The work of Charles and Ray Eames made life easier. Their chairs are comfortable and beautiful, their films explain the way the universe works and the splints and stretchers they invented helped save lives during the Second World War. And, for those who knew them well, it always seemed like their work came in a natural flow, as if creativity was, for them, as breathing is for most other people. Philippe Starck put it thus, “They don’t create beauty and intelligence, they just transmit what they are.”
The Eames name is still most commonly associated with the chairs sold by the Herman Miller company, but a new film about the couple Eames – the Architect and Painter, which opened in New York on November 18, argues that their characteristic mix of the practical and the aesthetic has left traces in nearly every aspect of contemporary life. The same aesthetic was very clear in the exhibition Essential Eames, which finished its run at the HKDI on December 2nd 2011.
“Charles and Ray did not obsess about style for style’s sake. They didn’t say their style was curves, so everything had to be curves,” says Eames Demetrios, the couple’s grandson and Director of the Eames Office, which preserves and extends the work of his grandparents.
“They did not simply design objects, but ideas and experiences. They tried to solve design problems and they believed that the extent to which you have a design style is the extent to which you have not solved the design problem.”
Charles Eames was trained as an architect. Ray Eames, his second wife, was an artist, and together they ran a design studio in California that was a hive of creativity. Charles arrived in Santa Monica during the 1940s from Michigan, and his migration from the industrial Midwest to Southern California was part of a larger cultural and aesthetic shift. The house that he and Ray built in Pacific Palisades, with its simple, boxy shapes, abundant light and whimsical ornaments was a domestic temple for a new, less austere kind of Modernism, one that joined a streamlined, functional, practical style with bright colours and pleasing shapes.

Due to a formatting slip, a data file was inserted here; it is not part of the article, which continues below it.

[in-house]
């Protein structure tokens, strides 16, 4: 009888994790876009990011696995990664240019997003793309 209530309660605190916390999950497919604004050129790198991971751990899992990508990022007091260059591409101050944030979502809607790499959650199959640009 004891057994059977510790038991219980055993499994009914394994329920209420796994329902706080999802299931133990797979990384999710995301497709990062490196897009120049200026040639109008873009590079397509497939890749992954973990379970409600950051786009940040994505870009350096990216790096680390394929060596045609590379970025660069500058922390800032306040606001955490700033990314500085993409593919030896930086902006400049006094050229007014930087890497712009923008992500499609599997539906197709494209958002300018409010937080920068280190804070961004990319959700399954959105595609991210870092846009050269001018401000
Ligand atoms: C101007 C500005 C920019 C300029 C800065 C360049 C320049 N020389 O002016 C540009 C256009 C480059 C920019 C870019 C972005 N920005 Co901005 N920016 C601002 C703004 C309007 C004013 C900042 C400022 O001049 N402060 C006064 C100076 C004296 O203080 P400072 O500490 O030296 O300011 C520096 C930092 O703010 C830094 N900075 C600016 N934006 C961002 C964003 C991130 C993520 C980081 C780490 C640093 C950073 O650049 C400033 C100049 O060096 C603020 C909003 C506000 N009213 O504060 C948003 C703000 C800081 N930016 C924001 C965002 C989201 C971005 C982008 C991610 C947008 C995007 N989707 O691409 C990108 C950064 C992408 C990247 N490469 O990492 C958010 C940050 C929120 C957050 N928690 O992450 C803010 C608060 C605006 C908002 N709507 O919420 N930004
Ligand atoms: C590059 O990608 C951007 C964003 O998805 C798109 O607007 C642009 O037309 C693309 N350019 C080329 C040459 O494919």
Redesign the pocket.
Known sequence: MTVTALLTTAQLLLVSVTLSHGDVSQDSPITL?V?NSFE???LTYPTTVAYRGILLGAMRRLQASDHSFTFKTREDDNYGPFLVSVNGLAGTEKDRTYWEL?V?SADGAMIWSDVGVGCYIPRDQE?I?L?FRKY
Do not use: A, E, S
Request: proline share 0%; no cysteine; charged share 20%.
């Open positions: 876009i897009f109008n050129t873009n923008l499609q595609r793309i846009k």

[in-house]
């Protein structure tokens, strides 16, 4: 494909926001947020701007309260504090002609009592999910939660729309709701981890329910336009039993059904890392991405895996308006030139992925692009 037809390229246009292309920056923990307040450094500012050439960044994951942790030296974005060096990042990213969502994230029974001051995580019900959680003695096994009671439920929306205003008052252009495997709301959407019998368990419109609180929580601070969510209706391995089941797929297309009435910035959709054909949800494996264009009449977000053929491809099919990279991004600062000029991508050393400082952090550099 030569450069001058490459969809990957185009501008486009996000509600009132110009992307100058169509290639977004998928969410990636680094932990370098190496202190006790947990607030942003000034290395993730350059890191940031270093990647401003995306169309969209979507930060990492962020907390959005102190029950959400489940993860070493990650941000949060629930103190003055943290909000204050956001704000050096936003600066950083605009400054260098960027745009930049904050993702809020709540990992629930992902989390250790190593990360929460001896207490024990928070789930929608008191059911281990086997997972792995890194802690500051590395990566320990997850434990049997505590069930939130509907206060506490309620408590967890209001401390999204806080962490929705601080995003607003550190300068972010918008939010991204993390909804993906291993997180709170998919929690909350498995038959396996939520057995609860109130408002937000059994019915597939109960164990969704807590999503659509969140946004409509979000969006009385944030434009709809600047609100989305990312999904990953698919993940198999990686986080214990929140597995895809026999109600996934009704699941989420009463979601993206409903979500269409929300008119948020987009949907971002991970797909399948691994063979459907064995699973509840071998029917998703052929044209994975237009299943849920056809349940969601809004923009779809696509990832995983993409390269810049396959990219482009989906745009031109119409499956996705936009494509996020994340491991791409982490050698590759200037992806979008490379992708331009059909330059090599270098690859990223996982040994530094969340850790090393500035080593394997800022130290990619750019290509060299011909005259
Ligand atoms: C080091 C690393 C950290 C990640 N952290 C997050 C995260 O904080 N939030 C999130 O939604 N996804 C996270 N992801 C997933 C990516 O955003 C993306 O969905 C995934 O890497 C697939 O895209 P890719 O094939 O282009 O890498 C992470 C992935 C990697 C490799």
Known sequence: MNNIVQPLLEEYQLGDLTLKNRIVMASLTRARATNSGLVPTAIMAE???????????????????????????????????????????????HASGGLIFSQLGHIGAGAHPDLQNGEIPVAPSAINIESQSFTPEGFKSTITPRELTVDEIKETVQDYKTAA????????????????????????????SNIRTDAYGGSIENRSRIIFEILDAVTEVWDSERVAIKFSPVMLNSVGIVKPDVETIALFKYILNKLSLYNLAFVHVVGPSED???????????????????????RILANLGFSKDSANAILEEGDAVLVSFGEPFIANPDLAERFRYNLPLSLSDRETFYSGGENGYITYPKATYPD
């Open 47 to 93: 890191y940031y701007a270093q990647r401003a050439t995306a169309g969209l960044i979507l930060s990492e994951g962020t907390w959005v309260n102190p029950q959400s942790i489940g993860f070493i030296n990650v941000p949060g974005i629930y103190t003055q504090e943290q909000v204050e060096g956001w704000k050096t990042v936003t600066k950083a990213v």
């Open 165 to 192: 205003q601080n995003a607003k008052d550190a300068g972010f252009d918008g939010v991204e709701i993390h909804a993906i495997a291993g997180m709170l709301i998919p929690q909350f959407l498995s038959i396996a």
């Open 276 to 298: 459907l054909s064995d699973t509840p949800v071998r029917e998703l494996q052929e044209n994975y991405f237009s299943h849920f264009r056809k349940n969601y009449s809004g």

Their motto was “the best for the least for the most” — a characteristically pithy statement of a utopian ideal of capitalist mass production. The idea that striking design and sound craftsmanship could be available to everyone has an obvious democratic charm, but it also contains a paradox. The Eameses, who had long-lasting contracts with Westinghouse, I.B.M. and other large corporations, were selling the notion that individualism could not only coexist with commercial standardisation, but that idiosyncratic expression could also flourish within the collective rituals of consumption. The stuff you buy, if it’s the right stuff, is part of what makes you what you are.
Their own eccentricity turned out to be a great asset. Charles, tall and tousle-haired with a trademark bow tie and a professorial air, was both awkward and charismatic. Ray, with her bangs and old-fashioned dresses, is described by one colleague as “a delicious little dumpling”.